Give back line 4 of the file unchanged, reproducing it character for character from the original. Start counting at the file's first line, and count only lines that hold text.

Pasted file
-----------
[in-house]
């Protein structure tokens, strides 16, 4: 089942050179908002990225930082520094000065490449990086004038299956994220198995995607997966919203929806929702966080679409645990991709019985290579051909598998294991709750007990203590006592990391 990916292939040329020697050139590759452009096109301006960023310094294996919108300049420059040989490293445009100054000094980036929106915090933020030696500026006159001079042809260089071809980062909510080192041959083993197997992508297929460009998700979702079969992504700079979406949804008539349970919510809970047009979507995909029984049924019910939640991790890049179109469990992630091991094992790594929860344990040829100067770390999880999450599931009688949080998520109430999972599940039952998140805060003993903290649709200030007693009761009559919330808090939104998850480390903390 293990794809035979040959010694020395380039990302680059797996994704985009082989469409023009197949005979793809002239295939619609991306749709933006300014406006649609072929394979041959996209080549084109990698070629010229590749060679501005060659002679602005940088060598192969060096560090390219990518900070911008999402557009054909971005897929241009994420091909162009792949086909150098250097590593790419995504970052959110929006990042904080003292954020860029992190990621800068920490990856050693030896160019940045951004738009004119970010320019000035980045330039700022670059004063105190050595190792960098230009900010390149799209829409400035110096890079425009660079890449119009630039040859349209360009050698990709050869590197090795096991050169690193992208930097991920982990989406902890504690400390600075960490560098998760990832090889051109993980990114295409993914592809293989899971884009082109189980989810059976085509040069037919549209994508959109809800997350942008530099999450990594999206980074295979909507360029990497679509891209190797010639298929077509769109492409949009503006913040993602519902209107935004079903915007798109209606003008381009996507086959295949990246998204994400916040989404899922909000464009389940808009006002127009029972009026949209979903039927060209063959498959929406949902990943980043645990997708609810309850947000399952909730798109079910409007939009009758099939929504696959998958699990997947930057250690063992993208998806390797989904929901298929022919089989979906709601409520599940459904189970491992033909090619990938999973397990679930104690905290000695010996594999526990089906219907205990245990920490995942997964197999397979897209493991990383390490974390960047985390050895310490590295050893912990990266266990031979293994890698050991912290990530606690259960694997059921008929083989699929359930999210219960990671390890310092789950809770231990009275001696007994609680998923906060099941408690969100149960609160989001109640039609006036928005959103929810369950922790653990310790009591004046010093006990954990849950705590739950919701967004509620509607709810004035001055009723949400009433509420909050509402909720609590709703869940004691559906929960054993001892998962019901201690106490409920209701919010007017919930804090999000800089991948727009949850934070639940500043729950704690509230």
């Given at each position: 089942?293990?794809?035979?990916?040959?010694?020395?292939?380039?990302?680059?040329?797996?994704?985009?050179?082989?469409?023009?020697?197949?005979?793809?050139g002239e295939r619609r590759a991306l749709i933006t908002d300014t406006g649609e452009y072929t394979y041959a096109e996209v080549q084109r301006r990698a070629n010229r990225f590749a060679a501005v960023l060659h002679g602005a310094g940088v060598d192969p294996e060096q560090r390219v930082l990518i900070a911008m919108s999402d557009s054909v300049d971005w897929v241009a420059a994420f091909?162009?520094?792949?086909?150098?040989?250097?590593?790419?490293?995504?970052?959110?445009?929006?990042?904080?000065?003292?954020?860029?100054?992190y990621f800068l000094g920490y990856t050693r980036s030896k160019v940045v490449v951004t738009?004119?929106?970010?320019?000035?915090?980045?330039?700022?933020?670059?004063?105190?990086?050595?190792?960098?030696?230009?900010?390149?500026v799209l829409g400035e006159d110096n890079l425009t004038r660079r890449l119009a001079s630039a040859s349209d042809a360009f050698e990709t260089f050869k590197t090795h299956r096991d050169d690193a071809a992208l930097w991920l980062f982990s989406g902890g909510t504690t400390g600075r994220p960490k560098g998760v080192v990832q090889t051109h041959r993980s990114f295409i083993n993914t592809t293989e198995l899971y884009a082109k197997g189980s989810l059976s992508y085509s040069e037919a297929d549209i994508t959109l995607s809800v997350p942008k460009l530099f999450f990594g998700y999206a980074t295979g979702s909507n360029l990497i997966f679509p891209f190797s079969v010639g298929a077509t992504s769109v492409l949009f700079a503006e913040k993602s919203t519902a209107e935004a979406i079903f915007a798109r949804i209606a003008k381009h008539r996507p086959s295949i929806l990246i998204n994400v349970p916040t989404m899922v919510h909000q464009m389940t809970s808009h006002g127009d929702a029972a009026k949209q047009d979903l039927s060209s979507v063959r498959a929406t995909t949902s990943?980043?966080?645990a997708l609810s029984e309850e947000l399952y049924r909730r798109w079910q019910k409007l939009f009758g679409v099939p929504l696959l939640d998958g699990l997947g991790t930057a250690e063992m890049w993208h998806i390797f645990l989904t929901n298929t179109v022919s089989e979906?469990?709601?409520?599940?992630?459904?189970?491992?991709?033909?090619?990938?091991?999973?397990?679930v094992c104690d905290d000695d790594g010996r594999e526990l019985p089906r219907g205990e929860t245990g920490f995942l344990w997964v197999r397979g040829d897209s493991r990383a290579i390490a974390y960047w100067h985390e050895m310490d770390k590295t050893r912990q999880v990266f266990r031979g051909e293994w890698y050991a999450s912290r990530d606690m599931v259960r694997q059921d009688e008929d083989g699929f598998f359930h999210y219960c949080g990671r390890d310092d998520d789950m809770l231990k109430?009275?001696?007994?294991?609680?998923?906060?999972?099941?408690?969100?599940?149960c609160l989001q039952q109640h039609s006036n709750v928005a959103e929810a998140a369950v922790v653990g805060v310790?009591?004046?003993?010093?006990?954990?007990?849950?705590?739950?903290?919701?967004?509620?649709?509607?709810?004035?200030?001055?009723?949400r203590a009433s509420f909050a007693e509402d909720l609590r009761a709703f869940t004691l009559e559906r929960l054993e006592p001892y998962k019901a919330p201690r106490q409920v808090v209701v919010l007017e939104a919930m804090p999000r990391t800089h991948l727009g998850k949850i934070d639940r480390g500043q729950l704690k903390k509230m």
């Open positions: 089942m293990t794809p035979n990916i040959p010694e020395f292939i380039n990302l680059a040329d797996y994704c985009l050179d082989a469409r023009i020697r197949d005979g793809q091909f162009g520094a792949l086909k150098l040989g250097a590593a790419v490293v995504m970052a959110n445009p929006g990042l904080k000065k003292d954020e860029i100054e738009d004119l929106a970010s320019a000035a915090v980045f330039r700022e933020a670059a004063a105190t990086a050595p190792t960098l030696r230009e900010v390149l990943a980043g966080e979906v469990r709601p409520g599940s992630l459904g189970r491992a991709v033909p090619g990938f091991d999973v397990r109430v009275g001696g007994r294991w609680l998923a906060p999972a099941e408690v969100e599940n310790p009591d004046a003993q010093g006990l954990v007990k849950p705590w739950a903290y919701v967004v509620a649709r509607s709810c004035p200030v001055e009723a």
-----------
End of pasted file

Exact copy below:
């Open positions: 089942m293990t794809p035979n990916i040959p010694e020395f292939i380039n990302l680059a040329d797996y994704c985009l050179d082989a469409r023009i020697r197949d005979g793809q091909f162009g520094a792949l086909k150098l040989g250097a590593a790419v490293v995504m970052a959110n445009p929006g990042l904080k000065k003292d954020e860029i100054e738009d004119l929106a970010s320019a000035a915090v980045f330039r700022e933020a670059a004063a105190t990086a050595p190792t960098l030696r230009e900010v390149l990943a980043g966080e979906v469990r709601p409520g599940s992630l459904g189970r491992a991709v033909p090619g990938f091991d999973v397990r109430v009275g001696g007994r294991w609680l998923a906060p999972a099941e408690v969100e599940n310790p009591d004046a003993q010093g006990l954990v007990k849950p705590w739950a903290y919701v967004v509620a649709r509607s709810c004035p200030v001055e009723a």